At the time that Yugoslavia collapsed, and Sarajevo was under siege, we were dependent on journalists to inform the world of the atrocities being carried out. These days, with Facebook, Twitter and the gamut of social media, we really have no excuse to claim that we are ignorant. It leaves me shamed and speechless to realise that it took a seven year old girl to alert the world to the recent situation in Aleppo.


Bana Alabed has written a revealing account of life in Aleppo, starting before the siege and then detailing the awful situation her family found themselves in. Inserts from her mother (an English teacher), provide another view-point and some background to supplement Bana's narrative.

Her family was reasonably well off, so they had the luxury of solar panels to power Ipads and telephones and Bana was able to send out Tweets, alerting her followers, of the building tensions and destruction surrounding her and her family. Eventually the authorities became wise to her activities and she, herself, became a target for the regime.


In spite of defamatory trolls and on-line rebuttals, denying the source of the Tweets, it has been proven that she was in the places she claims and in a position to send out the messages.  A seven year old was truly keeping the world informed.

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review 2014-07-11 22:45
Dear Katie, The Volcano Is a Girl
Dear Katie, the Volcano Is a Girl - Jean Craighead George,Daniel Powers

written by Jean Craighead George, illustrated by Daniel Powers


Most of the illustrations in this book deserve more than one star, but I'm not willing to go up because I hated the story so much.


It's informative, but why on earth are the two characters haole? I'm not here for a haole kid to go around telling me the story of Pele, thanks. George could have at least made the granddaughter Hawaiian.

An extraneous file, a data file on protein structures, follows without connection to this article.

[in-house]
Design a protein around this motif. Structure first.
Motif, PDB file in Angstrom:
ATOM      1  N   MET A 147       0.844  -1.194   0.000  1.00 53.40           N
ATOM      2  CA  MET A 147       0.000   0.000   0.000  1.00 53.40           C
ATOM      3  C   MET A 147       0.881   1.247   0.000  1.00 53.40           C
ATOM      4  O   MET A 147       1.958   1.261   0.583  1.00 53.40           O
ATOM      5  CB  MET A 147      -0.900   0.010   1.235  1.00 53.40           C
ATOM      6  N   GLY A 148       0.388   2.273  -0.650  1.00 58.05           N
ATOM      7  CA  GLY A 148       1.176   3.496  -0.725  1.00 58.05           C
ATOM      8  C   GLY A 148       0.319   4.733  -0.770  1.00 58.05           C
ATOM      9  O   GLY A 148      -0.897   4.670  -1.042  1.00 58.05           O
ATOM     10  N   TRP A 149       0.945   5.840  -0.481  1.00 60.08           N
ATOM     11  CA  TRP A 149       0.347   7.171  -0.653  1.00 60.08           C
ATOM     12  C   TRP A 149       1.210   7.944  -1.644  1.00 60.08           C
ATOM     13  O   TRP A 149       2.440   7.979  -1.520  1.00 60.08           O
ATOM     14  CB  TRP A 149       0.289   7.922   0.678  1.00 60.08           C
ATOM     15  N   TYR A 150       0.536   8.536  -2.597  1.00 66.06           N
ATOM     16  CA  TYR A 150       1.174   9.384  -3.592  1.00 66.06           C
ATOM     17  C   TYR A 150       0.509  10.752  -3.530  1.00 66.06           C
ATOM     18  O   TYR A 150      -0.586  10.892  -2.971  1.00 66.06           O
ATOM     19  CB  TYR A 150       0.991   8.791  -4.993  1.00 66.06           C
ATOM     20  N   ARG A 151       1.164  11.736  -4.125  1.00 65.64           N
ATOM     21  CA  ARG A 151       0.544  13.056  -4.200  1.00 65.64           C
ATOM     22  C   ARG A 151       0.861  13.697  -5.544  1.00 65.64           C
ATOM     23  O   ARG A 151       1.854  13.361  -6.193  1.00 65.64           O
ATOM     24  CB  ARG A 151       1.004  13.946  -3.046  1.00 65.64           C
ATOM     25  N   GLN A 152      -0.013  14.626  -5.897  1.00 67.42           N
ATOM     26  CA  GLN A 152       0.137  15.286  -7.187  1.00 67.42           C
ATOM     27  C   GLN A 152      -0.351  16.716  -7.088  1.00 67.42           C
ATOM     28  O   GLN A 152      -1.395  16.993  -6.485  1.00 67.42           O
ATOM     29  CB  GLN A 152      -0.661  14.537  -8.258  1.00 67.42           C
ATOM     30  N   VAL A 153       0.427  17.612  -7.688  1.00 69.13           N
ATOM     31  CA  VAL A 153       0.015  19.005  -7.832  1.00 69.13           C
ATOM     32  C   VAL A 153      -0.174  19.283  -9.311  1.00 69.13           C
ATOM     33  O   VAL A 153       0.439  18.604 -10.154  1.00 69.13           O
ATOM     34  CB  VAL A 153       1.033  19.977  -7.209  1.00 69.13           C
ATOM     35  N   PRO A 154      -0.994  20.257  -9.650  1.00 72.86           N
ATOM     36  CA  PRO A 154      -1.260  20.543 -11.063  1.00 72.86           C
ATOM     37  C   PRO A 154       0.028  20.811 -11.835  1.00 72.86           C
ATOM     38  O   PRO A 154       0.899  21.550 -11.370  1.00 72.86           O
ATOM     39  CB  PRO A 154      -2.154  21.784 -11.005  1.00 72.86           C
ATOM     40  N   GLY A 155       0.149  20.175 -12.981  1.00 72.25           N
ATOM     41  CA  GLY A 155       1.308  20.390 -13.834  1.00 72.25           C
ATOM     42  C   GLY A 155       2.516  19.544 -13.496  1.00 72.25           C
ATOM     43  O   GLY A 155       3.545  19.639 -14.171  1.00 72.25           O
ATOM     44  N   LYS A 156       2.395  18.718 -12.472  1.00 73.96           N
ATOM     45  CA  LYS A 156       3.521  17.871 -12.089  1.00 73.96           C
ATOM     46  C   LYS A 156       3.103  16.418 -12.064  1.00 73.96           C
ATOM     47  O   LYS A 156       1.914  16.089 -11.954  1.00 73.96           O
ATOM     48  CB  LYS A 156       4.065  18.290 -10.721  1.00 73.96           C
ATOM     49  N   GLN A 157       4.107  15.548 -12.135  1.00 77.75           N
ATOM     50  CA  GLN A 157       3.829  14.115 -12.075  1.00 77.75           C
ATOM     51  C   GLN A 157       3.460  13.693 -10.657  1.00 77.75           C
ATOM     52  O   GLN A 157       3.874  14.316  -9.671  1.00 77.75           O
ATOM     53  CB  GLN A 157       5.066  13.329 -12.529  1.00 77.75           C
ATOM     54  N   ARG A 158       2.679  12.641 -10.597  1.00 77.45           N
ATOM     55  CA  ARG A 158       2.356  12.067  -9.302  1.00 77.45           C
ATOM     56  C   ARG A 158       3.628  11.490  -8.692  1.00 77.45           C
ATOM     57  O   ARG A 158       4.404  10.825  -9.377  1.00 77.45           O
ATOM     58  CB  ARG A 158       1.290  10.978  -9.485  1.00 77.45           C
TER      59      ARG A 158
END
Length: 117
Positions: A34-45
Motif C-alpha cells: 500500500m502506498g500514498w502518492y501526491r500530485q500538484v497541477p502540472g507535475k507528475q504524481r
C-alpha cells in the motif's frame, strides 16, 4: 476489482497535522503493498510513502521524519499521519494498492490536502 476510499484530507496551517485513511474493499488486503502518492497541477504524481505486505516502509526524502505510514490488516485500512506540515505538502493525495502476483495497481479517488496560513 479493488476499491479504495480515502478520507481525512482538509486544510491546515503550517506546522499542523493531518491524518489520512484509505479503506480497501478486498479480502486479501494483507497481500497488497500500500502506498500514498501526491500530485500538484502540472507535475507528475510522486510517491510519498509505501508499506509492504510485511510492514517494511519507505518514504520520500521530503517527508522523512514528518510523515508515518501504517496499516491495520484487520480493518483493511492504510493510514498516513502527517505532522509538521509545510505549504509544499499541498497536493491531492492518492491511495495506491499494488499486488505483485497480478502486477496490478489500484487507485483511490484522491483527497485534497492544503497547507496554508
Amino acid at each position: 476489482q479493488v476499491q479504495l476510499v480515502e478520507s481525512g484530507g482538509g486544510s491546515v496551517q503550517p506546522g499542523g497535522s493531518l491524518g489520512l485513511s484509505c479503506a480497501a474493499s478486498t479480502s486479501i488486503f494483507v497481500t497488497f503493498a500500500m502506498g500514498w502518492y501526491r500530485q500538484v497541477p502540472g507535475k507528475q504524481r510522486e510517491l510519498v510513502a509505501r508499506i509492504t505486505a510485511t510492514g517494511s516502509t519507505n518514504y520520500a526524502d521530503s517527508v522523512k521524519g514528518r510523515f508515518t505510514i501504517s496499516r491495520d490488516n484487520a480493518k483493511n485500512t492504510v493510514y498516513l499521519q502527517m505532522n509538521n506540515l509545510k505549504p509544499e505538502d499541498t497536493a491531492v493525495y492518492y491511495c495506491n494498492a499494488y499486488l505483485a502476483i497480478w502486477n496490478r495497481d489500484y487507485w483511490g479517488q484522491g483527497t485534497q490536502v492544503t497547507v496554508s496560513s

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text 2013-11-02 03:49
Book 4 of 3. What?
A Dear Little Girl's Summer Holidays - Amy Ella Blanchard
A Dear Little Girl at School - Amy Ella Blanchard
A Dear Little Girl - Amy Ella, 1856-1926 Blanchard
A Dear Little Girl's Thanksgiving Holidays - Amy Ella Blanchard
Fancy Nancy: Our Thanksgiving Banquet - Jane O'Connor,Robin Preiss Glasser,Lyn Fletcher,Beth Drainville
Turkey Monster Thanksgiving - Anne Warren Smith

I saw Midnight Reader's post about the Christmas books she's going to read. Since Thanksgiving is my favorite holiday, I thought I'd find some Thanksgiving reads for myself. I searched "Thanksgiving" on Amazon and found "A Dear Little Girl's Thanksgiving Holidays." Imagine my surprised when I read:


"This is book 4 of 3 in A Dear Little Girl series. It is preceded by . . . ."


That's a pretty neat trick, being number four of three books! I managed to track down book 1, "A Dear Little Girl." The books aren't long, so I'll read the first three before I get to number four.


Of course I'll read Thanksgiving books with my students and I also found a couple fun books at the library that are for older children (that would be me!)